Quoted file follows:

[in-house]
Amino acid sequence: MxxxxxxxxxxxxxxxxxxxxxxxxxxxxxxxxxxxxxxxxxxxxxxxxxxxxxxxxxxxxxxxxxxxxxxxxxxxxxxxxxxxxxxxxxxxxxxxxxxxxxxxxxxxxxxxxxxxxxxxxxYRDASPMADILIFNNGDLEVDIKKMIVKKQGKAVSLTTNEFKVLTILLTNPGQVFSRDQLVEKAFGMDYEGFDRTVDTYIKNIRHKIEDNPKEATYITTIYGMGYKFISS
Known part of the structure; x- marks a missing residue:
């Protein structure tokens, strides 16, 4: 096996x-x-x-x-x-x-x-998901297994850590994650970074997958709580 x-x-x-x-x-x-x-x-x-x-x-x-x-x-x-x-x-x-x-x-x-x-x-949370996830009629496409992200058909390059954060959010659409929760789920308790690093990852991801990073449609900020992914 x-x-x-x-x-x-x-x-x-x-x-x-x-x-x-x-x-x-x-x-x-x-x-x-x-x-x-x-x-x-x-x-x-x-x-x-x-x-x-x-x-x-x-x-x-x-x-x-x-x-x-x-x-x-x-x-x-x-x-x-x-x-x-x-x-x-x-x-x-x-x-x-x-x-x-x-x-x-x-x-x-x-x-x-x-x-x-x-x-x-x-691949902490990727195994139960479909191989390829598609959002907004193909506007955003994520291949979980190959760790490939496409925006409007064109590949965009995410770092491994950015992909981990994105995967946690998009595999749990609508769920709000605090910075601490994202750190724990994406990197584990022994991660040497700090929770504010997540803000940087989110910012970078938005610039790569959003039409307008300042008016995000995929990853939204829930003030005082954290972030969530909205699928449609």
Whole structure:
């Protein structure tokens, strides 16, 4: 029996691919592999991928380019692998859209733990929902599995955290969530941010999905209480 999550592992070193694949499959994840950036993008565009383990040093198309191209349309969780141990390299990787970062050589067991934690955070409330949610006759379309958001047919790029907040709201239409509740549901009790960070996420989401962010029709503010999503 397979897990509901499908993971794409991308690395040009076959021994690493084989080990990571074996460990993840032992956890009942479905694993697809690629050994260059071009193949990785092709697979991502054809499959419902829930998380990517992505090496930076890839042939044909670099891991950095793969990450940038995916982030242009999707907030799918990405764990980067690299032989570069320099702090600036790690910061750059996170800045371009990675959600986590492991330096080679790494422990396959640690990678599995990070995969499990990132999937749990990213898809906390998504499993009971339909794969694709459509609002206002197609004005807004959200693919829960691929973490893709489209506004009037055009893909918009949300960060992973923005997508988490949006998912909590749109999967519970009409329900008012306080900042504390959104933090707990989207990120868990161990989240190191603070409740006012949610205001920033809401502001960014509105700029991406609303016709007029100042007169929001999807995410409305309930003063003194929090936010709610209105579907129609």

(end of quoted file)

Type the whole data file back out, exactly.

[in-house]
Amino acid sequence: MxxxxxxxxxxxxxxxxxxxxxxxxxxxxxxxxxxxxxxxxxxxxxxxxxxxxxxxxxxxxxxxxxxxxxxxxxxxxxxxxxxxxxxxxxxxxxxxxxxxxxxxxxxxxxxxxxxxxxxxxxYRDASPMADILIFNNGDLEVDIKKMIVKKQGKAVSLTTNEFKVLTILLTNPGQVFSRDQLVEKAFGMDYEGFDRTVDTYIKNIRHKIEDNPKEATYITTIYGMGYKFISS
Known part of the structure; x- marks a missing residue:
């Protein structure tokens, strides 16, 4: 096996x-x-x-x-x-x-x-998901297994850590994650970074997958709580 x-x-x-x-x-x-x-x-x-x-x-x-x-x-x-x-x-x-x-x-x-x-x-949370996830009629496409992200058909390059954060959010659409929760789920308790690093990852991801990073449609900020992914 x-x-x-x-x-x-x-x-x-x-x-x-x-x-x-x-x-x-x-x-x-x-x-x-x-x-x-x-x-x-x-x-x-x-x-x-x-x-x-x-x-x-x-x-x-x-x-x-x-x-x-x-x-x-x-x-x-x-x-x-x-x-x-x-x-x-x-x-x-x-x-x-x-x-x-x-x-x-x-x-x-x-x-x-x-x-x-x-x-x-x-691949902490990727195994139960479909191989390829598609959002907004193909506007955003994520291949979980190959760790490939496409925006409007064109590949965009995410770092491994950015992909981990994105995967946690998009595999749990609508769920709000605090910075601490994202750190724990994406990197584990022994991660040497700090929770504010997540803000940087989110910012970078938005610039790569959003039409307008300042008016995000995929990853939204829930003030005082954290972030969530909205699928449609």
Whole structure:
């Protein structure tokens, strides 16, 4: 029996691919592999991928380019692998859209733990929902599995955290969530941010999905209480 999550592992070193694949499959994840950036993008565009383990040093198309191209349309969780141990390299990787970062050589067991934690955070409330949610006759379309958001047919790029907040709201239409509740549901009790960070996420989401962010029709503010999503 397979897990509901499908993971794409991308690395040009076959021994690493084989080990990571074996460990993840032992956890009942479905694993697809690629050994260059071009193949990785092709697979991502054809499959419902829930998380990517992505090496930076890839042939044909670099891991950095793969990450940038995916982030242009999707907030799918990405764990980067690299032989570069320099702090600036790690910061750059996170800045371009990675959600986590492991330096080679790494422990396959640690990678599995990070995969499990990132999937749990990213898809906390998504499993009971339909794969694709459509609002206002197609004005807004959200693919829960691929973490893709489209506004009037055009893909918009949300960060992973923005997508988490949006998912909590749109999967519970009409329900008012306080900042504390959104933090707990989207990120868990161990989240190191603070409740006012949610205001920033809401502001960014509105700029991406609303016709007029100042007169929001999807995410409305309930003063003194929090936010709610209105579907129609």